On Mar. 4, Etsy filed to go public in preparation for its highly anticipated IPO. But their sellers have been giving little indication as to what that might mean for them. Even those as successful as True and McPherson have been kept in the dark as the marketplace giant plans to sell shares in its growing fortune.
“Our whole existence is in the balance with people we’ve never met,” McPherson said. “There’s that fear built in.”
For this reason, McPherson and Shelton decided to open a retail store to supplement their income. But for now, Etsy is their cash cow.
“When you want to point to the money source, that’s Etsy,” McPherson admitted. “I don’t know what I’d be doing without it.”
While McPherson wouldn’t provide exact Etsy sales figure, he said Spexton can sell three or four rings every day, which usually accounts for 25 to 50 percent of the company’s total sales.
Emily McDowell Studio
When Emily McDowell’s greeting card from her Etsy shop was posted on Etsy’s Facebook page in 2013, it was included in a BuzzFeed round-up. Suddenly, McDowell was catapulted into success.
“I just started drawing stuff and my friends were like ‘You should sell these,'” she told the Daily Dot. “I hadn’t thought about building a brand in that way until people started responding the way they did. Etsy was the easiest way to start selling”
After 10 years in advertising, McDowell decided to quit and do some freelancing while figuring out her next move. She realized that people were really into homemade custom print cards she was creating for friends. The cards were alternately snarky and heartwarming, and she thought she might have hit on something big.
“I really felt like I had something that would resonate emotionally with people,” she said.”
The card that started it all was this Valentine’s Day missive.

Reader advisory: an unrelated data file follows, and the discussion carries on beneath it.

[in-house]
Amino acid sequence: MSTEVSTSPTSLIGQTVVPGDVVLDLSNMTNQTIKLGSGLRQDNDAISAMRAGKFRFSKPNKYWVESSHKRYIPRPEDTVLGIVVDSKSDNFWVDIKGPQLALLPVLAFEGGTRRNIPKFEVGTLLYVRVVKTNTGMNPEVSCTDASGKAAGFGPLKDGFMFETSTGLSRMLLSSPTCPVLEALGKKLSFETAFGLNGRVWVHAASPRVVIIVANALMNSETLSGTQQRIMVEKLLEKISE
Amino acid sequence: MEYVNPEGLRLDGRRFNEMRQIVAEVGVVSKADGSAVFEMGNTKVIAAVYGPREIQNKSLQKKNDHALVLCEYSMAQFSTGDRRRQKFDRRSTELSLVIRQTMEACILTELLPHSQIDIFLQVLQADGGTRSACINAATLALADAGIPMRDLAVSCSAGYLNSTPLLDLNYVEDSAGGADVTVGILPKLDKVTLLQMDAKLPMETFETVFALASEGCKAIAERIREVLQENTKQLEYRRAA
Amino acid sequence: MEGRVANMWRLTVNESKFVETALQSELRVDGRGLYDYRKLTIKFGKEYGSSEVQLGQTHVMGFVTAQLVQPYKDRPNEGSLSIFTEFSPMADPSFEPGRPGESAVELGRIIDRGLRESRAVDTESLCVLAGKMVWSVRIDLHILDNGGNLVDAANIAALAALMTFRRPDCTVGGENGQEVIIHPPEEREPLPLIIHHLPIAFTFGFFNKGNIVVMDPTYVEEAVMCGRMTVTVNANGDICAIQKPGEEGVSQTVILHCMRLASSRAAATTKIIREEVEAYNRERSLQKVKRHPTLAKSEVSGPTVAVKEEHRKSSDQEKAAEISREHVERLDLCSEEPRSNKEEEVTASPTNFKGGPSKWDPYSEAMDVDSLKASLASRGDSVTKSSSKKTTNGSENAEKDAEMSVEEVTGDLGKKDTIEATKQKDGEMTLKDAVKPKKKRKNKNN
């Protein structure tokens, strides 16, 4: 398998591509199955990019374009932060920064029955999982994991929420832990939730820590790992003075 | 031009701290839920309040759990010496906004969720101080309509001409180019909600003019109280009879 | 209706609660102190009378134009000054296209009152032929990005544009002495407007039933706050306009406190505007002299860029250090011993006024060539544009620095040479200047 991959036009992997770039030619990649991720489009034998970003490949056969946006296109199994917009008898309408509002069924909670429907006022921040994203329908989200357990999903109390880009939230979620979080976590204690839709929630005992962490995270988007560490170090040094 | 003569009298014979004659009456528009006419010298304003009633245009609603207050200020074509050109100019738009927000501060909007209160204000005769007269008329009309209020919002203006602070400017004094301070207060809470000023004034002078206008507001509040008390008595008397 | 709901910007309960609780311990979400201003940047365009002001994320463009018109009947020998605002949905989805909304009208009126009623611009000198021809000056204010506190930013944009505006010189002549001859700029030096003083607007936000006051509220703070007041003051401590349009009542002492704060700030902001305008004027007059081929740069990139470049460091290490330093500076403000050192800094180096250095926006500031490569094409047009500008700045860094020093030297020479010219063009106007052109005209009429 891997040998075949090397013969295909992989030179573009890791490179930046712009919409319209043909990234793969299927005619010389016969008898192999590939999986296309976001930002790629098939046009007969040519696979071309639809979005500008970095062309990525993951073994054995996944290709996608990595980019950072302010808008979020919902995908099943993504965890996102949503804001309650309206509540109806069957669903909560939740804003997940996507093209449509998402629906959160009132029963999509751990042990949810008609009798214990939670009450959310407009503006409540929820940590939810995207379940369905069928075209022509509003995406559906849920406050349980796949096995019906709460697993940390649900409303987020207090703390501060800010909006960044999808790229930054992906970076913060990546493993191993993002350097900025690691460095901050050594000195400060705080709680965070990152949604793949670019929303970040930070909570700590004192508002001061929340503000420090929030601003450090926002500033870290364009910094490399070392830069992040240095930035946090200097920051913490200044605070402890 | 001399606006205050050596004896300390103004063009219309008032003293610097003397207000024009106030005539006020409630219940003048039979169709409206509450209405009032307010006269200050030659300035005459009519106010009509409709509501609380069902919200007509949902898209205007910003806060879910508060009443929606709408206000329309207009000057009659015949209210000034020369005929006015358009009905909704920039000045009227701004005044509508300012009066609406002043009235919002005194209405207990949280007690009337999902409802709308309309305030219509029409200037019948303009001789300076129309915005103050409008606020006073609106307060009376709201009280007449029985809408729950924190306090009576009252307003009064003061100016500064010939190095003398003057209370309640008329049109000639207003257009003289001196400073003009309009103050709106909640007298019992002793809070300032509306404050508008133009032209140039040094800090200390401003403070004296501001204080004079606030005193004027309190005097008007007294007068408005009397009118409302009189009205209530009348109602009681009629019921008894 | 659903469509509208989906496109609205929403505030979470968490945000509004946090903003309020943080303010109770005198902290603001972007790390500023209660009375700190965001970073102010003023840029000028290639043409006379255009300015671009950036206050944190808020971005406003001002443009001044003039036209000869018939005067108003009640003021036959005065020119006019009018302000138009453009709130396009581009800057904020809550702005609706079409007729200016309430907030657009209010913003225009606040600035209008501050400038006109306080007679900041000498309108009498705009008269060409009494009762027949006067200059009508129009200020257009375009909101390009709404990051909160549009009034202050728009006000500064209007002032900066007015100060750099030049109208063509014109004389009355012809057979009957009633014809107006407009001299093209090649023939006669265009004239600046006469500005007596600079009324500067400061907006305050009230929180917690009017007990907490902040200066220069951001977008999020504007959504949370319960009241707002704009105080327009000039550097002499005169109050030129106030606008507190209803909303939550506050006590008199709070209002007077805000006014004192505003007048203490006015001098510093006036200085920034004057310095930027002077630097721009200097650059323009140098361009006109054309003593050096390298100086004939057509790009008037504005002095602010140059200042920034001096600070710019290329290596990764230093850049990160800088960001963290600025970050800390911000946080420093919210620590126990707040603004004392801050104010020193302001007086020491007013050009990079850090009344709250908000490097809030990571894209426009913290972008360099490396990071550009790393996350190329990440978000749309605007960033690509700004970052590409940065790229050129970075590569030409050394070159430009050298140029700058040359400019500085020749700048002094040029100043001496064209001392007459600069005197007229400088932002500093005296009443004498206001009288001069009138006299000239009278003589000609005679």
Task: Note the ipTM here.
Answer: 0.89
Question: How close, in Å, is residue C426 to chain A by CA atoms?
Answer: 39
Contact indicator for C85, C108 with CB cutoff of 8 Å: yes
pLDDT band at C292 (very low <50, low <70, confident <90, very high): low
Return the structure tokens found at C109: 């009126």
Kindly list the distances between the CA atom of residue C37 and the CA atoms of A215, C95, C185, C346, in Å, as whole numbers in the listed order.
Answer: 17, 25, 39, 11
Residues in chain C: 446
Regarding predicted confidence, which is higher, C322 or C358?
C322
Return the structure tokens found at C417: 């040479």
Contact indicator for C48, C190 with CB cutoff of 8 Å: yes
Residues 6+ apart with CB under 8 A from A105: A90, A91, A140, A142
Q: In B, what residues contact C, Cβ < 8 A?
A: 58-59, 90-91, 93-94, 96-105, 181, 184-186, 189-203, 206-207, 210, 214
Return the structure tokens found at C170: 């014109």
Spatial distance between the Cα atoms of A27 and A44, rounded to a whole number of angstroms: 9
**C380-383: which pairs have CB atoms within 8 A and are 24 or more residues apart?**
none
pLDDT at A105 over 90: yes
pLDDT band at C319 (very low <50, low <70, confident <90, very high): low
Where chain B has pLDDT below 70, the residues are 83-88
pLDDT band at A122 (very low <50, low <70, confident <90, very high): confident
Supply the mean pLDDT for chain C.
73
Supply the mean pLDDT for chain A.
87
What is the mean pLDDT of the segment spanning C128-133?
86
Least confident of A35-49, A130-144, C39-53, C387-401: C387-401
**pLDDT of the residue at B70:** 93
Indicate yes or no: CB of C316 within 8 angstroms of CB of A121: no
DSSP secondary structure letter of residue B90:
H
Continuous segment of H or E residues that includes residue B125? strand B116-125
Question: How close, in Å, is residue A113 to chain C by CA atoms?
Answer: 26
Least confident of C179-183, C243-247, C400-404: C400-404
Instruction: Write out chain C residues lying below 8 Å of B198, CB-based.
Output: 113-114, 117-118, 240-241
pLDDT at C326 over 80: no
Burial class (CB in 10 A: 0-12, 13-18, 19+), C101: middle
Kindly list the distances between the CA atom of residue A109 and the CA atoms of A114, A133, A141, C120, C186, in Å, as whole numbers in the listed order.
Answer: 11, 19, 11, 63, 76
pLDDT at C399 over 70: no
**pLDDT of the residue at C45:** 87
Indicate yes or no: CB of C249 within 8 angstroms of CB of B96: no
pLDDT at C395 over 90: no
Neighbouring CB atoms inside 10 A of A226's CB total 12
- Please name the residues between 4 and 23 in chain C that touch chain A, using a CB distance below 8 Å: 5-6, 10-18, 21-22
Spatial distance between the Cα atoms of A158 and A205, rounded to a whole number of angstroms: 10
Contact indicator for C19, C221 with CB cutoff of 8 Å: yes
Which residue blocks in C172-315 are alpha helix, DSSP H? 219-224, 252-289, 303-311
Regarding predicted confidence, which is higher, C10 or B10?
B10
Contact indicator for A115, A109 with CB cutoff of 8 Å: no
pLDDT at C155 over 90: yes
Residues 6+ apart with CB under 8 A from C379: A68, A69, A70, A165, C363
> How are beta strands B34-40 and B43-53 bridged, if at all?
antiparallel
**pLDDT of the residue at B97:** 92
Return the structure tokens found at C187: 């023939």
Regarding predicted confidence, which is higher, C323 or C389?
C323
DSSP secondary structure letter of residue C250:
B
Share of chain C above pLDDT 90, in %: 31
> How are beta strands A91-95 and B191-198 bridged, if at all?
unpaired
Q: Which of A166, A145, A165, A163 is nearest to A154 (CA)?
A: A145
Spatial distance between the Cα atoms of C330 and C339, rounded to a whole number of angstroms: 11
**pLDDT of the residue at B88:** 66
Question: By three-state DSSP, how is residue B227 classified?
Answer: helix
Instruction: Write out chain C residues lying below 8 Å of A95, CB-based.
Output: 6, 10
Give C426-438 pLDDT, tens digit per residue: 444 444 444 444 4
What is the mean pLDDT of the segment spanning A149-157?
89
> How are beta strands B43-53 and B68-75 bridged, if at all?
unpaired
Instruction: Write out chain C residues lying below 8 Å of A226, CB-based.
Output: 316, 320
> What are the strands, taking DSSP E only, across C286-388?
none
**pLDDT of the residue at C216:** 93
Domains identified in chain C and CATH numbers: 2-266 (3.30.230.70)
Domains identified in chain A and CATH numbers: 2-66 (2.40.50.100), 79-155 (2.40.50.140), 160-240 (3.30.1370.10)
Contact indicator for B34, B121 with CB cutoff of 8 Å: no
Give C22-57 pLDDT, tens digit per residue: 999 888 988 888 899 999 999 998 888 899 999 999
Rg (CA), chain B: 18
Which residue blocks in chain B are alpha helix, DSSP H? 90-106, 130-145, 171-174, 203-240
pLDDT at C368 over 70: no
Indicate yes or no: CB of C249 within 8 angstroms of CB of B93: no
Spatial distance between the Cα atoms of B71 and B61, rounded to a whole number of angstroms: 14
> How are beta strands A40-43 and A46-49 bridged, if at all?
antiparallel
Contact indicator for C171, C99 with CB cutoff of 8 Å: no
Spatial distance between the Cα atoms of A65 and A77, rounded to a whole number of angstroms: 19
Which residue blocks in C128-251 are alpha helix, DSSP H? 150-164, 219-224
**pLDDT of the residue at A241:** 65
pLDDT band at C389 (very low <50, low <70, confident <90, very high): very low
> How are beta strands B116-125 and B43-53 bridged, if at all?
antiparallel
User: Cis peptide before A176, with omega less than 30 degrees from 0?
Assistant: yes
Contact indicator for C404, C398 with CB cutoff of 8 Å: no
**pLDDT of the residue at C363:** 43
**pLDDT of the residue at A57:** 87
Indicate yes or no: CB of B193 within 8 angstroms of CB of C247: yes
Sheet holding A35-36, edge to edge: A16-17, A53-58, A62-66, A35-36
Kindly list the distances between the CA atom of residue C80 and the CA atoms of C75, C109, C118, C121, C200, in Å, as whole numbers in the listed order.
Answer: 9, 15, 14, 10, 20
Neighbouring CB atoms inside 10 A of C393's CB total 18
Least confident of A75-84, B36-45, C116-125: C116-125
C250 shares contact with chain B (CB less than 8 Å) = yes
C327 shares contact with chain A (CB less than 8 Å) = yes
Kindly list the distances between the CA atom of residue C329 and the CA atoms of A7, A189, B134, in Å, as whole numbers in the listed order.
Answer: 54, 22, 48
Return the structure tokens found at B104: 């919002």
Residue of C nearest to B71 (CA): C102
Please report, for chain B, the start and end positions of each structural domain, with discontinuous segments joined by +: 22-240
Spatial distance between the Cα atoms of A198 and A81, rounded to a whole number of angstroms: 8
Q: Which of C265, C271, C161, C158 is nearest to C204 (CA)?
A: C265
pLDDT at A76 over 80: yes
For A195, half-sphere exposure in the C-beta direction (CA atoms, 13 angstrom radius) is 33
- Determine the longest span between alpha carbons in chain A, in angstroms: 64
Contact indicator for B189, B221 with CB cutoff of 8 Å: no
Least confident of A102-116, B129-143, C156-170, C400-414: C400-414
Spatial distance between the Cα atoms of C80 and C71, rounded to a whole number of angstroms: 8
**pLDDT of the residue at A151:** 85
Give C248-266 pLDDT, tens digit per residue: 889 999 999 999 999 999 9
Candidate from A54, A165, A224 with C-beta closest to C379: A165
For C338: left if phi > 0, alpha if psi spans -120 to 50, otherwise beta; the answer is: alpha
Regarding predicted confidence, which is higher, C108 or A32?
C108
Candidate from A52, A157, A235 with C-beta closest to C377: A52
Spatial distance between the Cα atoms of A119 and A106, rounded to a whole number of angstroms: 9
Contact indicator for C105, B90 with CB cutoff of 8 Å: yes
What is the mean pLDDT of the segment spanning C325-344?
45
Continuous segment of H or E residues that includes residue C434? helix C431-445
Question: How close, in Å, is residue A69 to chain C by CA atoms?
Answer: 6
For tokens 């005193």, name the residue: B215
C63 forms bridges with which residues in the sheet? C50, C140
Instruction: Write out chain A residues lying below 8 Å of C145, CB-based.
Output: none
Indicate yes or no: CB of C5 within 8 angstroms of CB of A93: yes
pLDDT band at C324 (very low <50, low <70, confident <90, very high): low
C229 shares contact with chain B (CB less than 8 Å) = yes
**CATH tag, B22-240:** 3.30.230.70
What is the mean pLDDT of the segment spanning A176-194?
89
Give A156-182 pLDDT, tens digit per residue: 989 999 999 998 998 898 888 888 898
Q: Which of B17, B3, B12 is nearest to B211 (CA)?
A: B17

McDowell’s cards predominantly feature pithy phrases, as well as sentiments of her own creation. She tries to copyright as many of them as she can, but even so, like True, McDowell has encountered Etsy copycats. (The website’s copyright and intellectual property policy vows to take down sellers who infringe on others’ copyright, but copycatting is so rampant Etsy can’t possibly keep track of all offenders.) McDowell says she sends messages at least once per week to other sellers to take down products that rip off her work.
Another challenge of setting up an Etsy shop is establishing yourself as a brand. Ironically, this becomes increasingly difficult the more popular you get on Etsy.
“As you get bigger as an Etsy seller, there’s little opportunity for branding,” McDowell says. “People say ‘I bought this on Etsy,’ not ‘from Emily McDowell’s shop.’ Etsy supersedes the brand of the seller.”
“As you get bigger as an Etsy seller, there’s little opportunity for branding.”
But the hardest part of all is the sheer scope of the competition in the marketplace. While McDowell has clearly risen to the top, she’s competing against millions of similar greeting card sellers, and she’s well aware of how tenuous her foothold in the market is.
“Etsy is a wonderful platform, but there are also millions of sellers on Etsy,” she said. “It’s a myth that it’s easy to open a shop and make a ton of money.”
It might not be easy, but there’s no denying that McDowell has done it. She reports she earned $1.5 million in 2014, mostly from wholesale deals with retailers like Urban Outfitters. While her income from Etsy represents only a small portion of her revenue, without the exposure McDowell initially gained from the website, the wholesale deals might have been a pipe dream.
Success in e-commerce is more often than not ephemeral, and most Etsy sellers won’t even make hundreds of dollars, let alone thousands, from hawking their wares online. But the website provides a springboard for people without a business or entrepreneurial background, who might not have otherwise had the tools to launch a full-fledged business.
As True put it, “I think Etsy is the best place to start, but you gotta do your homework.”
Image via Erin True
Marisa Kabas is a lifestyle reporter and activist. Her work has been published by Fusion, Fast Company, and Today. She’s also served as an editorial campaigns director for Purpose PBC, a social movement incubator.